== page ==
ExperienceCraft is a Minecraft server that is not that different from other Minecraft multiplayer servers.
Kids who join the server are able to build, chat, play and share with each other across a wide range of in-game activities. But those who participate in this server have all had an unfortunate experience that binds them together.
“Every child has lost someone important to them in their life,” says Katie Salen, who is one of the drivers behind the program.
That server (opens in new tab)was launched in the summer of 2022 in collaboration between two non-profit organisations Experience camps (opens in new tab) and Connected camps (opens in new tab)and University of California Irvine. The goal is to provide a safe, moderated, grief-aware online community that fosters year-round connection in a digital space. There is also a significant research component to the project to help better understand how to develop youth-centered, equitable and safe online experiences, says Salen, who is co-founder and lead designer of Connected Camps and also a professor in the Informatics Department at UC Irvine.
This is how ExperienceCraft started
Experience Camps is a nonprofit organization that hosts an annual week-long overnight camp for grieving children. The organization recently began efforts to expand its support “beyond the bunk.” They teamed up with Connected Camps, which specializes in building safe online communities for kids, to build a Minecraft server that could build on the personal camp’s programming. “The challenge with summer camp is that it’s limited to kids who can physically get there,” says Salen. She adds that even for those who can participate, it is a short period. “They make friends, they develop really strong mentoring relationships with advisors, and then it just kind of disappears. So the thought was, could there be a digital form of bridge that would basically extend that experience year-round?
The online experience will also provide access to those unable to participate in person via the Minecraft server and associated Discord server. “If they can’t go to the physical camp, they could participate in this community and not get all the benefits, but get some of the benefits of being in communication and partnership and collaboration with other kids who are probably going through something similar , they also go through,” says Salen.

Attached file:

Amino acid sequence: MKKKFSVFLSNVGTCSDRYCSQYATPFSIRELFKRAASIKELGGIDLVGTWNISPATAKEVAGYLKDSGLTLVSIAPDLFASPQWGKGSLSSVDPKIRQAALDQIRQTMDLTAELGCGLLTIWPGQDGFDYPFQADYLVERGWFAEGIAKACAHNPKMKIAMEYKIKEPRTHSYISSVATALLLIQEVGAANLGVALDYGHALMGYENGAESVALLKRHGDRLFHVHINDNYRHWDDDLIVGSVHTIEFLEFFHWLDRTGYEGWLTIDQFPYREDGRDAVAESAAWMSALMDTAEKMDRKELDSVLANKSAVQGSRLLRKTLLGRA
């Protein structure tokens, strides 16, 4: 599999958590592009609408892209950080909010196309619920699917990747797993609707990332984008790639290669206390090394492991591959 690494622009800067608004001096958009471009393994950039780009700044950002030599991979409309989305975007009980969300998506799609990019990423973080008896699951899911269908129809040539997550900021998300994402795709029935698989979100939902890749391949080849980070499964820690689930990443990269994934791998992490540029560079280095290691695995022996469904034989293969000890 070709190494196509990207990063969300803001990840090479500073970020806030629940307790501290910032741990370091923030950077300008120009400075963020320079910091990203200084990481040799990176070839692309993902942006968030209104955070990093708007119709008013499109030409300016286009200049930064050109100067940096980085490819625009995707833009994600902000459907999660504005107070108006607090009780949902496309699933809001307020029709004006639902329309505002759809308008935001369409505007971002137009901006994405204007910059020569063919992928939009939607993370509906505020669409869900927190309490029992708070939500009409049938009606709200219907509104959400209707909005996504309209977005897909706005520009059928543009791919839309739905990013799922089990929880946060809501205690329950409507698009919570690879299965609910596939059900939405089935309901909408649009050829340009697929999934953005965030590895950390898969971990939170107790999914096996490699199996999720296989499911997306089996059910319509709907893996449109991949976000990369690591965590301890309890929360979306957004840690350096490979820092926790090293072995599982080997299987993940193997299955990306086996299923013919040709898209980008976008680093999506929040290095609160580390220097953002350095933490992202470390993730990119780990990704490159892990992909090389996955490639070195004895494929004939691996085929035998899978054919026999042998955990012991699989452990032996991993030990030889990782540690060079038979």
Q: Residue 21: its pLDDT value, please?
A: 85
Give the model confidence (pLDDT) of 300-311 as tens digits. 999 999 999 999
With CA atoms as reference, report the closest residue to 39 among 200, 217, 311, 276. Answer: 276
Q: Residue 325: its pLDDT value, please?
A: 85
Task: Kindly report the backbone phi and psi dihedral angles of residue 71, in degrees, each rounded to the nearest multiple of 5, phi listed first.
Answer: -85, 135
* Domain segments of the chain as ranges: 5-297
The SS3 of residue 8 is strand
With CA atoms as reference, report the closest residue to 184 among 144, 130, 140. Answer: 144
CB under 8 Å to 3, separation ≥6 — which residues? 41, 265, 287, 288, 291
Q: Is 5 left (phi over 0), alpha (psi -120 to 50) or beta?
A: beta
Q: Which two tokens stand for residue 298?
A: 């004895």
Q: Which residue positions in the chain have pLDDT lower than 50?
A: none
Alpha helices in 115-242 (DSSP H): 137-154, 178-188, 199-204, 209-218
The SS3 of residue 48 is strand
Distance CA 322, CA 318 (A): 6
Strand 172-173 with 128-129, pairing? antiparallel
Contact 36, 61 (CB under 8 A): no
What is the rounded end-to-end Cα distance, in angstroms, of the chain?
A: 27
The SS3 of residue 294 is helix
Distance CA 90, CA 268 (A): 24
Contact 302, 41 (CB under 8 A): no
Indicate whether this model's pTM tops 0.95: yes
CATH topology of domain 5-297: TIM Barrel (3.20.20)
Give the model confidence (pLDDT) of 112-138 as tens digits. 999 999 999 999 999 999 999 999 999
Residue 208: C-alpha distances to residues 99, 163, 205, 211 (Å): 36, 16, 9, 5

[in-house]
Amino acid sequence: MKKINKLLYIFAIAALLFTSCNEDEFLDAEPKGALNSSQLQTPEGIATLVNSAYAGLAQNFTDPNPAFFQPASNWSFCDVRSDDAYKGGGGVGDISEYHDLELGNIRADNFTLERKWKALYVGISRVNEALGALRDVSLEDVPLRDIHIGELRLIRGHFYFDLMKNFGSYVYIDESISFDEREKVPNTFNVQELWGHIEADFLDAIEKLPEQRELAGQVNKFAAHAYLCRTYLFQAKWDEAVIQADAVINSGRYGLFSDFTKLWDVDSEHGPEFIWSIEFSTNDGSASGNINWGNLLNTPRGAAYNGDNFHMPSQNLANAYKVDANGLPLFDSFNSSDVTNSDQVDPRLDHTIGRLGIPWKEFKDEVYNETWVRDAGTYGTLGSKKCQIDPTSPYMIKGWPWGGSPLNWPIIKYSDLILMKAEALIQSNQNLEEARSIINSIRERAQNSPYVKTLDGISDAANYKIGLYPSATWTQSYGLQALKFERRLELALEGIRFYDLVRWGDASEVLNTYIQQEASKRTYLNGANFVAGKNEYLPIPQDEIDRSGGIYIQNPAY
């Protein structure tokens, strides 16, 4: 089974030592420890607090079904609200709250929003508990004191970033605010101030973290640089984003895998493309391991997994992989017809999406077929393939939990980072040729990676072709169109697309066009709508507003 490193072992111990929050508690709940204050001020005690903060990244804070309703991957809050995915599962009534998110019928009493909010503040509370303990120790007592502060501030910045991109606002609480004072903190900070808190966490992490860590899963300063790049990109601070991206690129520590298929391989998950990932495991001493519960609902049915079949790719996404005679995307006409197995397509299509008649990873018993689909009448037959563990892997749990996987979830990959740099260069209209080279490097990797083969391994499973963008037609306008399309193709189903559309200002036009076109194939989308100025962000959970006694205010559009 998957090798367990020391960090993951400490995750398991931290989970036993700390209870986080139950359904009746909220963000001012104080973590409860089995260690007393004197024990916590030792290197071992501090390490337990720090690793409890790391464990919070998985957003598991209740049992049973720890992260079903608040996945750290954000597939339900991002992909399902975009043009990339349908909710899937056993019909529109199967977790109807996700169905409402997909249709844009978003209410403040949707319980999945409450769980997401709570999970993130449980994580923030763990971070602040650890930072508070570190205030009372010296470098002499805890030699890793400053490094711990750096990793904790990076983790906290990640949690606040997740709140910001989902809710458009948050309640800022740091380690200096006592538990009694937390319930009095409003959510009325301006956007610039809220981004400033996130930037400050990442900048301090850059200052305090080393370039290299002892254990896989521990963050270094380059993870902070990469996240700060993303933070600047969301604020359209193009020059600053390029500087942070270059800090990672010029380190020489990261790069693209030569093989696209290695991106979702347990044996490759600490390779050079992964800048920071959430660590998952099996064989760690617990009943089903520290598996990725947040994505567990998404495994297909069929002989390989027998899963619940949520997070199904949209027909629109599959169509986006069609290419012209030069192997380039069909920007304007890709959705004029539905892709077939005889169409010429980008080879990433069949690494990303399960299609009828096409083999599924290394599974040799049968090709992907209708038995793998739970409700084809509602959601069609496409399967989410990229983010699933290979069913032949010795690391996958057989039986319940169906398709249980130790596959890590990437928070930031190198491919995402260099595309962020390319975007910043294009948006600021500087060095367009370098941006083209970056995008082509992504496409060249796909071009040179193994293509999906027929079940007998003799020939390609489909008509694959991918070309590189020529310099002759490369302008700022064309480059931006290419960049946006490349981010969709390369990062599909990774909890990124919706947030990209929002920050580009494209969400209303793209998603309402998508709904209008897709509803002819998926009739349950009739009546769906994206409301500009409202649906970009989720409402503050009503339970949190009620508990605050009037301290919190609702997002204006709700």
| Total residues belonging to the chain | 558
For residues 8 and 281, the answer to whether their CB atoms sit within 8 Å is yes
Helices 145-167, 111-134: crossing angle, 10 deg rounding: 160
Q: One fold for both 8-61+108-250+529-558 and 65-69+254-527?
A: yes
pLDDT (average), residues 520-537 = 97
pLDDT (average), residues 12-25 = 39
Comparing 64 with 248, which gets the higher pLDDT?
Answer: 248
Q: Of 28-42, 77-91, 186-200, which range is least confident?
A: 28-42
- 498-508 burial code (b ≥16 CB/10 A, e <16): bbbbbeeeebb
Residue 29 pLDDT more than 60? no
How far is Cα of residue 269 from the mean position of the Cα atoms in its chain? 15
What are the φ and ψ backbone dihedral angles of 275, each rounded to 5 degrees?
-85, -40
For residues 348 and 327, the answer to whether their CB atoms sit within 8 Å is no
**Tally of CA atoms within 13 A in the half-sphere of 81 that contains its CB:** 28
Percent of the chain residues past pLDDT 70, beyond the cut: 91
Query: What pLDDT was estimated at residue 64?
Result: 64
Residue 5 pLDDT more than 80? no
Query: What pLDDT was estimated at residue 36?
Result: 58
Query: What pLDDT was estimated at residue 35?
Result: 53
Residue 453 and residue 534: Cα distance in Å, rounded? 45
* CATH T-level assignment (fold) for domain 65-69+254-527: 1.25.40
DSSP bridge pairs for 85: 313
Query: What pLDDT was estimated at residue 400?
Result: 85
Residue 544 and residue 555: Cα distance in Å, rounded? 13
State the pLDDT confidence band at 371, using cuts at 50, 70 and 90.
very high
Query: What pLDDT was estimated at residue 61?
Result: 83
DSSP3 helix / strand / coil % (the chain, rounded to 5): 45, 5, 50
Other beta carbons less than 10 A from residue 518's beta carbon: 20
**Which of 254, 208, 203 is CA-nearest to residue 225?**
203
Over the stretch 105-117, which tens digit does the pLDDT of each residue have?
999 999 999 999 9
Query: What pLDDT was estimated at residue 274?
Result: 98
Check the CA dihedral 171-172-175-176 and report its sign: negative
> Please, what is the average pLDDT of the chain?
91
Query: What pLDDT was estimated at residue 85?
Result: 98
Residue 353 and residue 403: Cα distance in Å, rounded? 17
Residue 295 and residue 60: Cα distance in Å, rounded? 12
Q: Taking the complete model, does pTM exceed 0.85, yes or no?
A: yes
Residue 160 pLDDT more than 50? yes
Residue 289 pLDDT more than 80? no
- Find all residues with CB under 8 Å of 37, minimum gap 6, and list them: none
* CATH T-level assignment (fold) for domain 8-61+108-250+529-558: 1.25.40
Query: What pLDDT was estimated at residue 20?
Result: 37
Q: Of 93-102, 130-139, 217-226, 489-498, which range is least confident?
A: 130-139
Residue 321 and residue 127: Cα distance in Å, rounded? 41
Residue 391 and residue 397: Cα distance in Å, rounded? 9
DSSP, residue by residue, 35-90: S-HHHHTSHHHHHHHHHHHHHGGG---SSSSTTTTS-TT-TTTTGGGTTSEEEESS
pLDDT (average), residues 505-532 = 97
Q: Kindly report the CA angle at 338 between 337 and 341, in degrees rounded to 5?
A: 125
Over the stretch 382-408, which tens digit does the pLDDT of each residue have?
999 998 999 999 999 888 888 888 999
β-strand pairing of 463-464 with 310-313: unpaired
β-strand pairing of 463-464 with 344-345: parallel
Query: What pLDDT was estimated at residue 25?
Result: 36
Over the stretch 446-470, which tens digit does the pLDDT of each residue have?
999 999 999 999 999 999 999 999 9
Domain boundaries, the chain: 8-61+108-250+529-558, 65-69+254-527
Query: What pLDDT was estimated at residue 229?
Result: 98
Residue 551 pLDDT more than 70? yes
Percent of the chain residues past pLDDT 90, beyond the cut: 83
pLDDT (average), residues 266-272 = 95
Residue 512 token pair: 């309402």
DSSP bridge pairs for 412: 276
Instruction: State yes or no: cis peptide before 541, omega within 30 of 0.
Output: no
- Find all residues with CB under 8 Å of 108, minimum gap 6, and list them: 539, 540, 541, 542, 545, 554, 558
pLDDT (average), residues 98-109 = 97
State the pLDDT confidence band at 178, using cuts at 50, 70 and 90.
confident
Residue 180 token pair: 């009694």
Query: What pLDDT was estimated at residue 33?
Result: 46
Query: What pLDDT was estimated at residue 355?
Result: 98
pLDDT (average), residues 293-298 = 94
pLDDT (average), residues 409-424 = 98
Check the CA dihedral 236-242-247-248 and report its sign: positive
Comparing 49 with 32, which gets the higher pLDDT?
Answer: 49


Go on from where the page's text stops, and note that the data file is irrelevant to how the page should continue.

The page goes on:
This is what the experience looks like
The rallying point for the community is passion for the game of Minecraft, the same as it would be in any other Minecraft server. “The idea is, let’s meet kids where they are: Here’s a game that they love to play,” says Salen. “So let’s surround the game that they love to play with the kind of support that will help them build a community that will help them on their journey of grief.”
To help with these goals, there are research-backed elements to the server that support its users. “There are parts of the world that are designed in a grief-positive way,” Salen says. “There is a memorial garden where children are encouraged to build [memorials] around the person who has died and different activities that draw on the work that Experience Camp has done with grieving children around just giving them a space to express what they feel.”
The server moderators are university students. They are trained to support children experiencing grief and to provide near-peer mentorship (opens in new tab). “If you can connect with someone a little older than you who shares an interest, that can be really transformative for a young person,” says Salen.
What is being investigated and how your students can participate
Part of the goal of this server will be to explore how to better connect grieving youth in an online environment. “One of the things we hope for there is that they feel a sense of belonging,” Salen says. “It is really important for grieving children that they feel that they are part of a community that gets them. This applies to mostly all children.”
Salen and her colleagues also seek to better understand what online grief supports in this type of spatial work and why. “So what does a memorial garden environment actually offer young people?” she says. “Part of it is that it gives them a chance to express something. We know from the literature that that’s important.”
Additionally, conversations with peers and moderators can help them develop a greater vocabulary for expressing their grief. “We know that many people, even adults, have a hard time talking about how they’re feeling,” says Salen. “So we’ve been looking at mechanisms to really deepen children’s vocabulary around how they’re feeling—how to talk about their grief.”
Educators who have grieving students who might be interested in joining the server can direct them to your website (opens in new tab). The server is safe-listed, so all participants on the server are known and investigated.
“There is a registration process where we make sure the young person is who they say they are,” she says. “But it’s meant to serve any child who is grieving.”